The violent deaths in 2009 were exceeded in the last 10 years by only 2008 when 1,090 persons died violently, according to the Cruz Roja.

The Judicial Investigating Organization soon will release its own statistics for 2009, which likely will be more complete than the Cruz Roja tally.


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San José, Costa Rica, Monday, Jan. 4, 2010, Vol. 10, No. 1

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A.M. Costa Rica's professional directory is where business people who wish to reach the English-speaking community may invite responses. If you are interested in being represented here, please contact the editor.


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Arias decree establishes
property rights commission


By the A.M. Costa Rica staff

Facing conflicting demands over intellectual property rights, the Arias administration has set up a commission of ministers to advise the executive branch. The commission was the topic of an executive decree signed by the president, Óscar Arias Sánchez, and a number of ministers.

The decree outlines a commission that is mostly advisory. The main jobs are to suggest alternatives to the copyright piracy that goes on in Costa Rica and to recommend mechanisms to protect intellectual rights.

Costa Rica has agreed to two international treaties on copyright protection as well as the free trade treaty with the United States. Still the concept of ownership of an intangible right does not sit well with some Costa Ricans. Radio and television stations, for example, want to be able to play popular music and use it in commercials without paying for the right. Arias quietly adjusted the country's treaty obligations so they could do this.

The response was swift from the organizations that represent foreign music and videotape interests. Costa Rican artists, members of the Asociacion de Interpretes y Ejecutantes Musicales de Costa Rica, aware that their rights to their own music and performances were in jeopardy, protested Dec. 16 at Casa Presidencial.

Of particular concern is a decree by Arias published Oct. 19 in which specified what government agency has the right to collect fees from those who play music commercially. The artists believe that this right belongs to the associations of artists and musicians in Costa Rica. The exceptions specified to a long-running treaty, the so-called Convention of Rome, seems to remove protection for artists and musicians.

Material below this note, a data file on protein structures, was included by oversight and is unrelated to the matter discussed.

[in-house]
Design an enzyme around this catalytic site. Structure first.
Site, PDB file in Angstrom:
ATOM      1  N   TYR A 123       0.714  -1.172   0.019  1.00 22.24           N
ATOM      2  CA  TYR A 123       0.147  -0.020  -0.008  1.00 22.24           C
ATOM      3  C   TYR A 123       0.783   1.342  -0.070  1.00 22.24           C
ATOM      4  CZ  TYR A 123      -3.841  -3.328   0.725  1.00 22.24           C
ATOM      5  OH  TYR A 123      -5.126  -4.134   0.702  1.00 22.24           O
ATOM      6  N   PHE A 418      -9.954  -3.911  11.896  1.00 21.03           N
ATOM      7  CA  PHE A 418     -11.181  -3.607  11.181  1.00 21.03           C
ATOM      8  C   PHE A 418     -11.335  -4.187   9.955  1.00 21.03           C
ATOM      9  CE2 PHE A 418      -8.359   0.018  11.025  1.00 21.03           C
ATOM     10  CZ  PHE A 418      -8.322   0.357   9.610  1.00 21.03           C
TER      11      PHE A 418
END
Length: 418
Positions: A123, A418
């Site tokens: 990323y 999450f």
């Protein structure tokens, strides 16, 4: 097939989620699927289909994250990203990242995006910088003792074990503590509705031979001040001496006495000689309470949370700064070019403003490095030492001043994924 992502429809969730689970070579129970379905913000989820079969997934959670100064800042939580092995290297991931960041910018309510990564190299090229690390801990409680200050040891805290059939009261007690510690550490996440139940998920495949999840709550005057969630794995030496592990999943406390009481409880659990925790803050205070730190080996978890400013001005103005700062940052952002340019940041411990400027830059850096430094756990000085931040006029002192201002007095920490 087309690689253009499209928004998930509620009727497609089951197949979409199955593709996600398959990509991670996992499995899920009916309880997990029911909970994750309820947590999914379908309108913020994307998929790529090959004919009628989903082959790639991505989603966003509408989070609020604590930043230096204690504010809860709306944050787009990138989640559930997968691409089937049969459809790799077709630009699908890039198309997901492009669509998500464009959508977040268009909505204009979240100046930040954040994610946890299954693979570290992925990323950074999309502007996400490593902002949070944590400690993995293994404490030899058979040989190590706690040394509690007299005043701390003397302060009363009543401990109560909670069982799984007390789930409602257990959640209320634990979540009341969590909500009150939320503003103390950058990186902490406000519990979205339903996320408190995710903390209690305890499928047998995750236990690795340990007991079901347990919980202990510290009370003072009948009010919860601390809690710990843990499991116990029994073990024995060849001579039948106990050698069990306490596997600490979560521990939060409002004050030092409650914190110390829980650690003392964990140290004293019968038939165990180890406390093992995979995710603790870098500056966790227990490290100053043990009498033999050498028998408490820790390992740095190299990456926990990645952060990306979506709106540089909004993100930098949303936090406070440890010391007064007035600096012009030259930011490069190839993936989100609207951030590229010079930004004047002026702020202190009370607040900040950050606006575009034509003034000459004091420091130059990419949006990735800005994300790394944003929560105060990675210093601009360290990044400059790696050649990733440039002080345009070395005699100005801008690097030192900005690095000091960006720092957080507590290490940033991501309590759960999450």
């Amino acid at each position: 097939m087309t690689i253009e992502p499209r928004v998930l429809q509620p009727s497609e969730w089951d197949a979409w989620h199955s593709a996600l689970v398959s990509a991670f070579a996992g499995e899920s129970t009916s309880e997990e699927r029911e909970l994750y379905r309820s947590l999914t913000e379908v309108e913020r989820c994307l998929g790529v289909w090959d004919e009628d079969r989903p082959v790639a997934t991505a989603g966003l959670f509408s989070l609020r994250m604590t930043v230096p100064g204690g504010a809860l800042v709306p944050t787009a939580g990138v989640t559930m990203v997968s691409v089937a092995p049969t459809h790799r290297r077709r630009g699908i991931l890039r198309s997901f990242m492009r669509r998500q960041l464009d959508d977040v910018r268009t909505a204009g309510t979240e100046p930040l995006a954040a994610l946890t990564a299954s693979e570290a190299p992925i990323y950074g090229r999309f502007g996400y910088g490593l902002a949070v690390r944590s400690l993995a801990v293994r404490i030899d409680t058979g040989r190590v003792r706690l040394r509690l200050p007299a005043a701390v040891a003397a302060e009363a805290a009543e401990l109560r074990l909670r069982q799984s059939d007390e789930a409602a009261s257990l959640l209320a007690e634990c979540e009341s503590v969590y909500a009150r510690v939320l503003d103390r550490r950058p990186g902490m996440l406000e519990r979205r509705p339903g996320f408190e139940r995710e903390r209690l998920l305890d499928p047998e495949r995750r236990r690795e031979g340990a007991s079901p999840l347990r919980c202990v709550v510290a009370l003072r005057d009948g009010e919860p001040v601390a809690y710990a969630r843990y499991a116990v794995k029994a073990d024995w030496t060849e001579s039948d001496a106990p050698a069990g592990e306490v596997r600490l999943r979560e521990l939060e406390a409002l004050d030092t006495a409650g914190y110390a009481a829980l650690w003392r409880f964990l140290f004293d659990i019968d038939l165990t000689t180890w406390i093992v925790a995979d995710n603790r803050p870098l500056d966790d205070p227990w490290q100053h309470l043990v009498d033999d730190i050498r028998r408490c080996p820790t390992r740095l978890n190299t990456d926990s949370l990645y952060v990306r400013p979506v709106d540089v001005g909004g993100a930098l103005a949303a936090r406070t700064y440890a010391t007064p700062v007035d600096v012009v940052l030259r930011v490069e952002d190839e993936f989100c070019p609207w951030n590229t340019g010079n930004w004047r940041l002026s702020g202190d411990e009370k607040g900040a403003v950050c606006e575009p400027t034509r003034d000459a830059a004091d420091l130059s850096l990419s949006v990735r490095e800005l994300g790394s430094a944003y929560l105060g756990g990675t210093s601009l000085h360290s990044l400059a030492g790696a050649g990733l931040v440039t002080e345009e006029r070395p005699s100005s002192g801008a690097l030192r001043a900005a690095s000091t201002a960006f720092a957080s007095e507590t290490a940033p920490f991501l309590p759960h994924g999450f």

In addition a bill is working its way through the Asamblea Legislativa that would allow the television and radio stations to play copyrighted material without making payments. The bill is believed to have reached the floor.

The Arias administration has said that the purpose of the changes in the treaty and the proposed legislation is to enhance the cultural atmosphere by allowing the free playing of music.

At the same time municipal police and the Fuerza Pública conduct raids every day to confiscate pirated music disks that frequently are sold on the street. Internet theft of photos and articles is rampant.

In addition, by specifying exceptions to the Convention of Rome, Costa Rican literary and musical products lose their protection elsewhere in the world.

Presumably the role of the new commission will be to consider these issues and suggest changes. Most of the country's ministries will be represented on the commission.

Defensora protest resumes
today in Barrio México


By the A.M. Costa Rica staff

Look for a resumption today of the protests against the naming of Ofelia Taitelbaum as defensora de los habitantes.  The protest today is supposed to be non-partisan, and participants have been asked not to wear or carry political party signs and insignias. However, the protests are very much political in that the new defensora was named while she was a sitting legislative deputy, and the protestors are agitating as much against her Partido Liberación Nacional as against her as an individual.